Reflections on the proposed 2014 Africa-U.S Summit

The past week has experienced a theatre of absurd in relation to the African Union intra-relations and its inter-relations with the U.S. On 26 January Botswana President broke ranks with Sadc and the rest of Africa, by saying it will not participate in future Sadc election observer missions as he claims that there were irregularities in Zimbabwe’s polls last year.

Botswana also went against the African Union (AU), saying sitting heads of state should be brought before the Western-controlled International Criminal Court (ICC). At the same time it was reported that America’s president Barack Obama is set to invite 47 African Heads of State and Government to what is dubbed the US-Africa summit in August.

While, according to reports, President Mugabe is not one of them, in Addis Ababa on 30 January, Zimbabwe was elected to be the chair of the African Union (AU) in 2015 by virtue of its election as first vice-president of the AU’s Bureau of the Assembly of Heads of State and Government. These events present both opportunities and threats to Sub-Saharan African civil society’s quest to push for the universal human values of peace, freedom, social progress, equal rights and human dignity, enshrined in the Charter of the United Nations and in the Universal Declaration of Human Rights.

Developments at the Africa Union clearly demonstrate that African heads of state are in a defiant and belligerent mood. They are clearly closing ranks in a clear warning to the U.S. The developments on the continent also come at a time when Europe is hosting a similar summit in April in Brussels. According to Zimbabwean analysts, the ascendance of Zimbabwe to the helm of both the SADC and AU is ‘only a good thing as far as it reinforces the idea that collective bodies and institutions of Africa are putative and serve no real purpose.

The more influential countries of Africa put Zimbabwe at the top so that they will not have to be inconvenienced by regional multi-lateralism. By placing Zimbabwe at the helm, they can shirk from responsibility, as they know that Zimbabwe does not have the legitimacy to tell them anything. This is therefore an anathema to regional lobby initiatives for the realization of a democratic dispensation in the country. In light of this, perhaps it is time the U.S focused more on bilateral relations in the short term, while re-thinking its engagement with the African regional block in the long term.

While the Zimbabwean government perceives Zimbabwean’s ascendance to the helm of Africa as a diplomatic victory, most Zimbabweans view this as a hollow ascendance. Further, this will give Mugabe a more powerful voice and pedestal to shout at the West from Africa’s helm. Some view this as a trap, which is being set up by envious African countries to see Zimbabwe embarrass itself while their own governments cut deals with the U.S government.

This is especially the case as African countries are now negotiating for even better deals after the expiration of the Africa Growth and Opportunities Act (AGOA), 2000 in September 2015, from which Zimbabwe is already excluded by virtues of the current U.S sanctions. While Mugabe has been receiving a pat on the back for standing up against imperialism, the same countries that have been patting him as such, for example, Zambia and South Africa have been welcoming Zimbabwean professional refugees with open arms. Zimbabwe is now importing maize from Zambia but who is growing the maize? –Zimbabwe’s former commercial farmers!

Zimbabwe’s ascendance to the AU helm provides the Obama administration with a terrible migraine headache. How is he going to react to this, whom should he invite to the Summit and what issues should fall for discussion?

According to a terse Official Transcript of Foreign Press Center Briefing on "2014 Foreign Policy Priorities for the Obama Administration," January 29, 2014, “the Summit is a very significant event, first of its kind for the United States. It will continue the type of effort the President led during his trip to focus on our support for security, greater commercial trade and investment relationships, and also democratic development in Africa. And he also highlighted our Power Africa initiative, which I think we see as a signature effort to double access to electricity on the continent. We also have a significant exchange program in Africa that we’re building out this year, the Young African Leaders program. ”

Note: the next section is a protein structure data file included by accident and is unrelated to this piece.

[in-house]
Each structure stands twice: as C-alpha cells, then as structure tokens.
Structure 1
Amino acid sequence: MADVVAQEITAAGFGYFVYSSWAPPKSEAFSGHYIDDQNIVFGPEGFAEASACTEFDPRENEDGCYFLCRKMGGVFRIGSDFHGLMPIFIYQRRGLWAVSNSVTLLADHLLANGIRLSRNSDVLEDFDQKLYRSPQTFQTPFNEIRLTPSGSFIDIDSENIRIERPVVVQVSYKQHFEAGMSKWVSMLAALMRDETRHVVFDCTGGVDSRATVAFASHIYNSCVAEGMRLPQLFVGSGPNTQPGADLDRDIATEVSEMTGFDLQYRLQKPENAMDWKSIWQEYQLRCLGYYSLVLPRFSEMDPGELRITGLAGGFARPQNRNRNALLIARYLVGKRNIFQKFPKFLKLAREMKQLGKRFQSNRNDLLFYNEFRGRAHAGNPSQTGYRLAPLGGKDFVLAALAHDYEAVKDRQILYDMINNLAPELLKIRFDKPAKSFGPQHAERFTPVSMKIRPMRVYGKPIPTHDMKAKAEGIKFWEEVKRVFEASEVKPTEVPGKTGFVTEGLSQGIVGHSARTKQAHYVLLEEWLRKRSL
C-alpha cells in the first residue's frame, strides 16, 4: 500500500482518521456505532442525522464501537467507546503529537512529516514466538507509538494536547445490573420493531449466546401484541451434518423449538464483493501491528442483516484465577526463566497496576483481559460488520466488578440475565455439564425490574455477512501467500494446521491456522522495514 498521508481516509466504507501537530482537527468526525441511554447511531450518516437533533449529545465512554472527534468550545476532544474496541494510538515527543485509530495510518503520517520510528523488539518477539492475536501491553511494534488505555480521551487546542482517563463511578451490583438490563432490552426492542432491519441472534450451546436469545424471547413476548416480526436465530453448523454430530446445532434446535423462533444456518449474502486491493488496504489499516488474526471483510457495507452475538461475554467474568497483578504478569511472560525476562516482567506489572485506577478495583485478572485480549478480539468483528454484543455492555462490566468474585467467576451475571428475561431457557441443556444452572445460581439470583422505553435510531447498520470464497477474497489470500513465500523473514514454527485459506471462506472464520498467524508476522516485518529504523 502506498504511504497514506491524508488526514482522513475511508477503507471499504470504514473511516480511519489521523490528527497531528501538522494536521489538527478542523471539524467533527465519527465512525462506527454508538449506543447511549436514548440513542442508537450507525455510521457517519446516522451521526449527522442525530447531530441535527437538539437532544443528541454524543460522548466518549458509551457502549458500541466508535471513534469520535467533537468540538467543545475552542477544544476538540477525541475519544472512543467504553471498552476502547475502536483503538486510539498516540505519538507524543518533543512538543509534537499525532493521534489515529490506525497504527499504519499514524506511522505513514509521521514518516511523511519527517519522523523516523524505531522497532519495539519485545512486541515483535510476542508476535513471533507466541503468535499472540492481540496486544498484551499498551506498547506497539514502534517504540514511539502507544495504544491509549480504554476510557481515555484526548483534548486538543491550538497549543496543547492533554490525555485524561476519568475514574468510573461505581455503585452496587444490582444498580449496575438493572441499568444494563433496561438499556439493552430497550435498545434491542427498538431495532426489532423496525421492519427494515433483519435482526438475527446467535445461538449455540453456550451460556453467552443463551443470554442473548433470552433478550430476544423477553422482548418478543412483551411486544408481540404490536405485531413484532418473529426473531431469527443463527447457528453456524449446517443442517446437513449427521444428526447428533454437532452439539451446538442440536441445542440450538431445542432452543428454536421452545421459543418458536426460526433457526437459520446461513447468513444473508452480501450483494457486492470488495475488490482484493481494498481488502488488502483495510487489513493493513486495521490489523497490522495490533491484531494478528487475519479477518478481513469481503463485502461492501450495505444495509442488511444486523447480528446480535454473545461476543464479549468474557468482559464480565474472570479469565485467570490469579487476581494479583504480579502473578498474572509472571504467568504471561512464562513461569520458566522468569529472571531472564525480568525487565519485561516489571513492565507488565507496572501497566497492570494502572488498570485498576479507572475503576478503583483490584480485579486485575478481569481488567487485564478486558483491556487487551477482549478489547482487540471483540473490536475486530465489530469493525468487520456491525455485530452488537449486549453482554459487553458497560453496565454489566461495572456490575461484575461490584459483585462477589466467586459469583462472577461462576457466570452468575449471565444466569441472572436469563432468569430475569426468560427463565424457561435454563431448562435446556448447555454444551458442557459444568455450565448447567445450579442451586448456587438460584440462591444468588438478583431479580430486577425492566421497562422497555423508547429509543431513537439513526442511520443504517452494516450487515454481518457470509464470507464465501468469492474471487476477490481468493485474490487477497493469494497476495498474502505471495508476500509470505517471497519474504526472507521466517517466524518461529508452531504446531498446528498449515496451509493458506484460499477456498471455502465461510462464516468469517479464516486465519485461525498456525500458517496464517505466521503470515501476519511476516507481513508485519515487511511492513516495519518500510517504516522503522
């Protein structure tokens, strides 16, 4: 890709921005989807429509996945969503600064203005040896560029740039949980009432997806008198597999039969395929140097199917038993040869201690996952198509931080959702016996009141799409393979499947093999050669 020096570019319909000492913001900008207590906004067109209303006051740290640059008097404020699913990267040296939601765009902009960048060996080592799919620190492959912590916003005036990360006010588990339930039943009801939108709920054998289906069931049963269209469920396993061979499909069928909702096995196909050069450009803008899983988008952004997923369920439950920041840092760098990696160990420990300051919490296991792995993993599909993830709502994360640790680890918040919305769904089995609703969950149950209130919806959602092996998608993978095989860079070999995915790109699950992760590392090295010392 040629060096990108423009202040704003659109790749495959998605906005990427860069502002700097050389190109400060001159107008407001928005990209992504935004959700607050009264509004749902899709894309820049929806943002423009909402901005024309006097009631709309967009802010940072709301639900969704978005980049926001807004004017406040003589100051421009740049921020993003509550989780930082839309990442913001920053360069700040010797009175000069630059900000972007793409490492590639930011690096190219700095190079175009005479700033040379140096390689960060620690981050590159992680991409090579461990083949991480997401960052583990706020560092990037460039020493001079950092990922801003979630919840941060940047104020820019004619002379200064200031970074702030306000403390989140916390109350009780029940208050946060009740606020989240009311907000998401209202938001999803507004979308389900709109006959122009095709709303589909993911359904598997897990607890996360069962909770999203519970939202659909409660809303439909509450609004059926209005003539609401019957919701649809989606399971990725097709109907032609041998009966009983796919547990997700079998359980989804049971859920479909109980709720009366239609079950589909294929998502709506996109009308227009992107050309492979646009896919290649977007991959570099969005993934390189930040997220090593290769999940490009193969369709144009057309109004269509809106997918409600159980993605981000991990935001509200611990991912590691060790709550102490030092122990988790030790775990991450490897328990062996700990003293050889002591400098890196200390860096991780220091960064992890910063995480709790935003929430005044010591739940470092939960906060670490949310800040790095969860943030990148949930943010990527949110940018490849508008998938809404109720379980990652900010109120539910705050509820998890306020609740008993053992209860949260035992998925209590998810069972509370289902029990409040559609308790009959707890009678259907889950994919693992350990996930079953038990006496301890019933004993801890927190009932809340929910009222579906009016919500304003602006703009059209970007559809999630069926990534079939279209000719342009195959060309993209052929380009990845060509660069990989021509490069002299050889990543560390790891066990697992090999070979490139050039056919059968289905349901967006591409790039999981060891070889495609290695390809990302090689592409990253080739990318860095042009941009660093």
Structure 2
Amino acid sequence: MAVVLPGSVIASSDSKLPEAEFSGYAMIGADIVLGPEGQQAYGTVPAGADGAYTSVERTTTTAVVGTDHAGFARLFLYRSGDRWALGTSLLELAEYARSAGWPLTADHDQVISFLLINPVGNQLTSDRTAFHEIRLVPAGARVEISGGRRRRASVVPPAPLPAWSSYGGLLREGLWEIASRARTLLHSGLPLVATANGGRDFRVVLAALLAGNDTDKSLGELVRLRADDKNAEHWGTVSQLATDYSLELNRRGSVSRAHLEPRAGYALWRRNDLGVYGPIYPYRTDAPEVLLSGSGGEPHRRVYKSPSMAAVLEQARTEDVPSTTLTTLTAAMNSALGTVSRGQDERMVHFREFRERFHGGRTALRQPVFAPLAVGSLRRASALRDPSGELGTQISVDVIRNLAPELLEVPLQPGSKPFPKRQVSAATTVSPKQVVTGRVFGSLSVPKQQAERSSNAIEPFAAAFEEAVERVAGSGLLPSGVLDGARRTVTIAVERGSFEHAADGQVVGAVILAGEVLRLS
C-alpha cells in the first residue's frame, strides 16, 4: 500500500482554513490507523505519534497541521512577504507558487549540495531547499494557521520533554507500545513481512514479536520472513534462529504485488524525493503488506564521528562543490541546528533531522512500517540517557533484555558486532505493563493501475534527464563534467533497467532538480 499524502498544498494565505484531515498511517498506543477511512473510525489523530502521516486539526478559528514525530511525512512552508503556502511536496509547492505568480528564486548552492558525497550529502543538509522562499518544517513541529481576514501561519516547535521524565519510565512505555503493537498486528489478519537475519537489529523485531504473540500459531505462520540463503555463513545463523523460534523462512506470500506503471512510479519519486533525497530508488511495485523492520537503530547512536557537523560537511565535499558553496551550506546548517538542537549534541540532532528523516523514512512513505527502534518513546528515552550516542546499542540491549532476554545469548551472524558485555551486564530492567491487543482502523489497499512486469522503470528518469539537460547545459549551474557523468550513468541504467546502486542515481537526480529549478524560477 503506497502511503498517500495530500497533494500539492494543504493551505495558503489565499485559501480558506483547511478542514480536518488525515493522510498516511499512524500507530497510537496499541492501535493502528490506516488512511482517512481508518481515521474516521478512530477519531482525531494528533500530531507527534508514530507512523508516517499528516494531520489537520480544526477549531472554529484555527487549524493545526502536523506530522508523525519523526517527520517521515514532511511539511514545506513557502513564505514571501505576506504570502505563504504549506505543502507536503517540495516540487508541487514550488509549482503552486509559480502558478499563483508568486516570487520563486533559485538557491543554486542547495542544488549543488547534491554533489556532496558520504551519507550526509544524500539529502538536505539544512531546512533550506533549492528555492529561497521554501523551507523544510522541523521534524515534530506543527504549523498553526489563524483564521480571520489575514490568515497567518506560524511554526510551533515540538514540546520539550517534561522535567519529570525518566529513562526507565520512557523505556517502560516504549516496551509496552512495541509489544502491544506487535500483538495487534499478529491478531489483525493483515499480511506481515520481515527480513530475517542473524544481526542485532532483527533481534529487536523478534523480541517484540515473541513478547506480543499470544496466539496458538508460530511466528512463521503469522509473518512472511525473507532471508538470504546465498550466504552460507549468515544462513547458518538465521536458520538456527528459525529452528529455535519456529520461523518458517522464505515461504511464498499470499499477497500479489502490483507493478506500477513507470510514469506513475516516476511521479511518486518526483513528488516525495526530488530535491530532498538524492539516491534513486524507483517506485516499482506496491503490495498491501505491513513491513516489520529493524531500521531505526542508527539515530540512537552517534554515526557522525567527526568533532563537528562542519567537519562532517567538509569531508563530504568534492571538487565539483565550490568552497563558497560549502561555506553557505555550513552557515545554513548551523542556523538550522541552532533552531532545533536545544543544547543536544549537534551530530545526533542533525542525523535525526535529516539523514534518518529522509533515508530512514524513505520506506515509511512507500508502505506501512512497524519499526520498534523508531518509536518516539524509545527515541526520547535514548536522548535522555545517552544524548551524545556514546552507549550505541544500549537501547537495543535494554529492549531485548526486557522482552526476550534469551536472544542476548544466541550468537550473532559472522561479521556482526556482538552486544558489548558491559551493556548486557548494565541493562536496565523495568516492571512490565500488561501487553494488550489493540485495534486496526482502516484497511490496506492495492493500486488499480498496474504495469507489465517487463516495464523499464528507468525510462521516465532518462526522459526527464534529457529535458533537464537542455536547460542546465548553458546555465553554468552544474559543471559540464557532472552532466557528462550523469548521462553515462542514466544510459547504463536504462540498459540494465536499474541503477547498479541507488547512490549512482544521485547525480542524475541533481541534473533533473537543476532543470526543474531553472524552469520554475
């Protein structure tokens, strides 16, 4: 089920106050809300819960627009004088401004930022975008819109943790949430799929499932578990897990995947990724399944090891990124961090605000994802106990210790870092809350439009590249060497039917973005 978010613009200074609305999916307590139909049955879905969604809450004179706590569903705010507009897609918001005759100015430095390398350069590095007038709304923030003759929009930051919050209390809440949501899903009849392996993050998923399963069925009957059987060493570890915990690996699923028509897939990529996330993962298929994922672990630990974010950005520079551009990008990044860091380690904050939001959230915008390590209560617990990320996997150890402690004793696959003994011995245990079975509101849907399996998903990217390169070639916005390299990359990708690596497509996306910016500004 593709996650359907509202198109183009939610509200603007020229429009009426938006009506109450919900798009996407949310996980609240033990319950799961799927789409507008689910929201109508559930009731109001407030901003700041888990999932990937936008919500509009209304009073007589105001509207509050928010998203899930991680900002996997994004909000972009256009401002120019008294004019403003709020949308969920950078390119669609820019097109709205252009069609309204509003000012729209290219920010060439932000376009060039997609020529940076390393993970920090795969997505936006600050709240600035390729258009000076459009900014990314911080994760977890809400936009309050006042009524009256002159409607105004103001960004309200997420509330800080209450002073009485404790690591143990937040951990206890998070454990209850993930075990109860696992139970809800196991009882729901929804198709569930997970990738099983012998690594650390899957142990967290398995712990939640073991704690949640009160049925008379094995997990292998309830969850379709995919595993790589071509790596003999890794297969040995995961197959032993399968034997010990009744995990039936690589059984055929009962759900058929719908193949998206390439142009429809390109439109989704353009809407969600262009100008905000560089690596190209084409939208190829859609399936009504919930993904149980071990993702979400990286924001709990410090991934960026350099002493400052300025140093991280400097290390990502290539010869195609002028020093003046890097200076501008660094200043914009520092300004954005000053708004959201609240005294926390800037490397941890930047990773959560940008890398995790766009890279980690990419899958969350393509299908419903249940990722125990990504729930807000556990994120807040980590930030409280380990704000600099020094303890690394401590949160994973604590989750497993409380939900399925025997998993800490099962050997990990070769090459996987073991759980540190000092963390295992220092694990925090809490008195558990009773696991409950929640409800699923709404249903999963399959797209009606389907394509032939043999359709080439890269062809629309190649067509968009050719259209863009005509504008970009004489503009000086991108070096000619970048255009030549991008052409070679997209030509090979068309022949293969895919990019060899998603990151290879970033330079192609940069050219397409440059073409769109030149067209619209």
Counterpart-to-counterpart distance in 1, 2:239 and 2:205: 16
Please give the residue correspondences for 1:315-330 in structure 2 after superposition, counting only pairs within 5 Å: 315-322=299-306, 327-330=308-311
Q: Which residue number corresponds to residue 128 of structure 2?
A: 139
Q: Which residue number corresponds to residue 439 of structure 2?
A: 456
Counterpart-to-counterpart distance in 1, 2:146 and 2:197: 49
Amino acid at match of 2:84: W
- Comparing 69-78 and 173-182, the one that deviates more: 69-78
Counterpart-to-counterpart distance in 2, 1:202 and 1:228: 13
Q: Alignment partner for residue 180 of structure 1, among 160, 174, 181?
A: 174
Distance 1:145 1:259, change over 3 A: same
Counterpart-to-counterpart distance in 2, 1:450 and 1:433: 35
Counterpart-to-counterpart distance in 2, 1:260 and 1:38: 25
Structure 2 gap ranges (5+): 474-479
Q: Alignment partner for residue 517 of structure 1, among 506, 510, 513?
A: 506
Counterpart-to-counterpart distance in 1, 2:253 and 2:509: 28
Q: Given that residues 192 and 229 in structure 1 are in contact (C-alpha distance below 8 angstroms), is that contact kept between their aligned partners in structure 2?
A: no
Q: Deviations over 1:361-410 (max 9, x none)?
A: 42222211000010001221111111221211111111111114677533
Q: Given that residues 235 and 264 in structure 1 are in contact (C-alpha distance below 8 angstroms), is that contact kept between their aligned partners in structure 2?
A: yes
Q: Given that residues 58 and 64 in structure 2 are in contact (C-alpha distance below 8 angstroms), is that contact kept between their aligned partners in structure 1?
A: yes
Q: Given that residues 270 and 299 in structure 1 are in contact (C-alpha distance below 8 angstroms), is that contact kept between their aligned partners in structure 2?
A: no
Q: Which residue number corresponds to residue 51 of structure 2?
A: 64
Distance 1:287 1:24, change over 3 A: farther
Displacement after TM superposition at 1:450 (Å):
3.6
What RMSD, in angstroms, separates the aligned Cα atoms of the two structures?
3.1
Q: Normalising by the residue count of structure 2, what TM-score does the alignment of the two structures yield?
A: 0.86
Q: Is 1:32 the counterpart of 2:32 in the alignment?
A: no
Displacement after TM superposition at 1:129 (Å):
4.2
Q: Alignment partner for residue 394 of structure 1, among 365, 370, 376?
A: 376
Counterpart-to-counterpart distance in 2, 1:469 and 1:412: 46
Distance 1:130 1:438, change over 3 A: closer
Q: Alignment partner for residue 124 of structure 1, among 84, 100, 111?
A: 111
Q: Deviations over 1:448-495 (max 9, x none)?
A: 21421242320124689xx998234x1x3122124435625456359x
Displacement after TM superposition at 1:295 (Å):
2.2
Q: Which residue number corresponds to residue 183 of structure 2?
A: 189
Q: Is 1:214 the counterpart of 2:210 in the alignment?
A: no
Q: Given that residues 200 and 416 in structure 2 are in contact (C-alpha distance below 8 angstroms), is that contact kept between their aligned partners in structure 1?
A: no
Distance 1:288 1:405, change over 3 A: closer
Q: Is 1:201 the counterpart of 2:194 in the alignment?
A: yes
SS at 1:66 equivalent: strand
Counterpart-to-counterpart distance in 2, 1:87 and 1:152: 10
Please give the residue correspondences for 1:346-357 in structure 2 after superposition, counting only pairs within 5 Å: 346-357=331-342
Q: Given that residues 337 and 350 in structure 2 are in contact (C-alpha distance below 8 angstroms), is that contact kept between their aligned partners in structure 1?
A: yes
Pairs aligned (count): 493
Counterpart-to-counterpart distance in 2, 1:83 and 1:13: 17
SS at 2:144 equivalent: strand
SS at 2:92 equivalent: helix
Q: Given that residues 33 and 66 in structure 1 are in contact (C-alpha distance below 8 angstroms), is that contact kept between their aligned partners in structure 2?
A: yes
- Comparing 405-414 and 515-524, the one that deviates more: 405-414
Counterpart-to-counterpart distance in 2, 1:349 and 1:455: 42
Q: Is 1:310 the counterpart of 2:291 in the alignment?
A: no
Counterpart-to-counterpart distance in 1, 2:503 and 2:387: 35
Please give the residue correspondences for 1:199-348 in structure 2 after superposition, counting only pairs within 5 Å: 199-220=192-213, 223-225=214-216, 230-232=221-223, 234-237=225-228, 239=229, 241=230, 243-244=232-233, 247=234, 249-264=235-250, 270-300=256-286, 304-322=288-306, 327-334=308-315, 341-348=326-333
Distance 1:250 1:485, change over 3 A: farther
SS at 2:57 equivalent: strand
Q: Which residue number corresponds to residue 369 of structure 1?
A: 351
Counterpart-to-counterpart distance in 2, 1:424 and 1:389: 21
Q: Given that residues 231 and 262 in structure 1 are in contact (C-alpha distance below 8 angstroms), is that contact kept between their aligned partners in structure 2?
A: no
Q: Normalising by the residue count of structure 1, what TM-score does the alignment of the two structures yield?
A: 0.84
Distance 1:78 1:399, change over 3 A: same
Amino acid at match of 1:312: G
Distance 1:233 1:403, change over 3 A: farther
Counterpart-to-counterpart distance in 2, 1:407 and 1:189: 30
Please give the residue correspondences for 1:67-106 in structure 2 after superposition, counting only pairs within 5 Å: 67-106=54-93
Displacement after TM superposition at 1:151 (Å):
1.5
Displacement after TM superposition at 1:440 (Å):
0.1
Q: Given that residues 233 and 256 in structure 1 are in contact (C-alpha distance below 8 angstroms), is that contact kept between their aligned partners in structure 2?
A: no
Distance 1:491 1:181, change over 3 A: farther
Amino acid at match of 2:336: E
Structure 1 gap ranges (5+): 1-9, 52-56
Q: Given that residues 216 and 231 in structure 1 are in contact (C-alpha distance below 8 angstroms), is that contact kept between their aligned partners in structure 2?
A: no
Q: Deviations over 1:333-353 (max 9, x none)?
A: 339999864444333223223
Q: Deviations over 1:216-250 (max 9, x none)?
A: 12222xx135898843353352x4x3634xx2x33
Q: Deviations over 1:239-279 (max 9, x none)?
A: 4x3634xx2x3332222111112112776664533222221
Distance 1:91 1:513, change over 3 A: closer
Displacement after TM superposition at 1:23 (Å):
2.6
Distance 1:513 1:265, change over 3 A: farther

According to analysts, the Summit has the potential of sealing Obama’s legacy in Africa, which so far, has not been viewed with a lukewarm attitude. However how he will deal with the Mugabe factor, more than anything else, might determine his legacy.

With regard to the Summit’s focus, according to Jonathan Greig, in his article ‘Fixing mismatch between US aid policy and Africa’s needs’, December 17 2013, there is a long and storied history behind the monetary aid that the US provides to sub-Saharan African countries. The US Agency for International Development (USAid) estimates almost $80bn is invested in the continent each year, while trade with the US has tripled over the past decade.

Yet despite this constant influx of money, chronic social, societal and structural problems persist. Amid the recent economic crisis and subsequent tightening of budgets, US citizens — and their congressmen, by proxy — have begun to question the effectiveness of US aid packages.With the current congressional hearing on AGOA, the Summit might simply endorse the congressional deliberations and resolutions in relation to trade and development.

According to Gambian-born Sulayman Nyang, senior professor and former chair of the African Studies Department at Howard University in Washington, the summit will have historical significance because Obama would be the first postwar US president to bring African leaders together. But, Nyang says he must insist that the African leaders demonstrate accountability to their citizens in terms of protecting human rights and fighting corruption. With anti-homosexual sentiments on the rise in many African countries, Nyang says US policy on gay rights may come into conflict with the policies of some of the African leaders who might be invited to attend the summit. He also said the Obama administration must also make the fight against corruption a condition in extending invitations to African leaders.